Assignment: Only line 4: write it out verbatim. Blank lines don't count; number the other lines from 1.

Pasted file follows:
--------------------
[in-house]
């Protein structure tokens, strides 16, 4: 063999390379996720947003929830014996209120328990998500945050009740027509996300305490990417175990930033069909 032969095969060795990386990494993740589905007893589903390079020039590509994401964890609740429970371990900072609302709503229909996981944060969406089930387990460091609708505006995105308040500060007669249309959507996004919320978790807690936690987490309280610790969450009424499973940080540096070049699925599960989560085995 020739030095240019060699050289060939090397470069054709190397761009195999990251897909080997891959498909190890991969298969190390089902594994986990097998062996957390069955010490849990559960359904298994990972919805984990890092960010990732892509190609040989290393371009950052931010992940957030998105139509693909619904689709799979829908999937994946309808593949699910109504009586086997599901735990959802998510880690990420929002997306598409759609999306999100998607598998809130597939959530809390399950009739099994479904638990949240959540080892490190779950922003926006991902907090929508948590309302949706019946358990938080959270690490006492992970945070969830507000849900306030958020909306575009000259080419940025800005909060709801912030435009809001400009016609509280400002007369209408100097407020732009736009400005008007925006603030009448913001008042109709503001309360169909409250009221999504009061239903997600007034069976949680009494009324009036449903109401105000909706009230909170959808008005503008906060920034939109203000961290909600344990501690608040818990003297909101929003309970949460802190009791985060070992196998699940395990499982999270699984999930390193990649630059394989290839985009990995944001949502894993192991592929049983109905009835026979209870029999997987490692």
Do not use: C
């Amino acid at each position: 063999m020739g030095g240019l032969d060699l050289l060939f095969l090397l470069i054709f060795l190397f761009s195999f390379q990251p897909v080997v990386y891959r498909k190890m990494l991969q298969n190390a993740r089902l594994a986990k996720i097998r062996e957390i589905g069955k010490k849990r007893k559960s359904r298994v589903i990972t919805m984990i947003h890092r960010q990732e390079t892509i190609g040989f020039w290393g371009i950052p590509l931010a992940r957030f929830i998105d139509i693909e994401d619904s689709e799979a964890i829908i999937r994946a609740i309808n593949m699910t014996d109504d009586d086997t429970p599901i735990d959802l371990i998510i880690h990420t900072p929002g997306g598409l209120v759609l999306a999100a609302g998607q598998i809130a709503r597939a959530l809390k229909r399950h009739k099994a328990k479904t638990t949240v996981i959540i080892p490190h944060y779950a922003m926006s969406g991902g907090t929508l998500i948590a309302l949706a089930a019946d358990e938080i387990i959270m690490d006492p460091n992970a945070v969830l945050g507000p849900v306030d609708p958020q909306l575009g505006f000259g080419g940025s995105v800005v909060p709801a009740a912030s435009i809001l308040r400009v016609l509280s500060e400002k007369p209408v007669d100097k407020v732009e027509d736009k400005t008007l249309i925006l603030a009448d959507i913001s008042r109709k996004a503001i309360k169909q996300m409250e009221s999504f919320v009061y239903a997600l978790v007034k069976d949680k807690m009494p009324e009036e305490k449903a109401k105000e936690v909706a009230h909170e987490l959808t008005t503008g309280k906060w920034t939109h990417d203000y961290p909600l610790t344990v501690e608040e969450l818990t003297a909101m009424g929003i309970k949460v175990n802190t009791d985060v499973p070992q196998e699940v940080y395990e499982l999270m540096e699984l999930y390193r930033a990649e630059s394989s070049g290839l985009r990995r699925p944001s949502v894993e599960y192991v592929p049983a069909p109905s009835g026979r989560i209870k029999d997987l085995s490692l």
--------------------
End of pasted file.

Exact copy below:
């Amino acid at each position: 063999m020739g030095g240019l032969d060699l050289l060939f095969l090397l470069i054709f060795l190397f761009s195999f390379q990251p897909v080997v990386y891959r498909k190890m990494l991969q298969n190390a993740r089902l594994a986990k996720i097998r062996e957390i589905g069955k010490k849990r007893k559960s359904r298994v589903i990972t919805m984990i947003h890092r960010q990732e390079t892509i190609g040989f020039w290393g371009i950052p590509l931010a992940r957030f929830i998105d139509i693909e994401d619904s689709e799979a964890i829908i999937r994946a609740i309808n593949m699910t014996d109504d009586d086997t429970p599901i735990d959802l371990i998510i880690h990420t900072p929002g997306g598409l209120v759609l999306a999100a609302g998607q598998i809130a709503r597939a959530l809390k229909r399950h009739k099994a328990k479904t638990t949240v996981i959540i080892p490190h944060y779950a922003m926006s969406g991902g907090t929508l998500i948590a309302l949706a089930a019946d358990e938080i387990i959270m690490d006492p460091n992970a945070v969830l945050g507000p849900v306030d609708p958020q909306l575009g505006f000259g080419g940025s995105v800005v909060p709801a009740a912030s435009i809001l308040r400009v016609l509280s500060e400002k007369p209408v007669d100097k407020v732009e027509d736009k400005t008007l249309i925006l603030a009448d959507i913001s008042r109709k996004a503001i309360k169909q996300m409250e009221s999504f919320v009061y239903a997600l978790v007034k069976d949680k807690m009494p009324e009036e305490k449903a109401k105000e936690v909706a009230h909170e987490l959808t008005t503008g309280k906060w920034t939109h990417d203000y961290p909600l610790t344990v501690e608040e969450l818990t003297a909101m009424g929003i309970k949460v175990n802190t009791d985060v499973p070992q196998e699940v940080y395990e499982l999270m540096e699984l999930y390193r930033a990649e630059s394989s070049g290839l985009r990995r699925p944001s949502v894993e599960y192991v592929p049983a069909p109905s009835g026979r989560i209870k029999d997987l085995s490692l």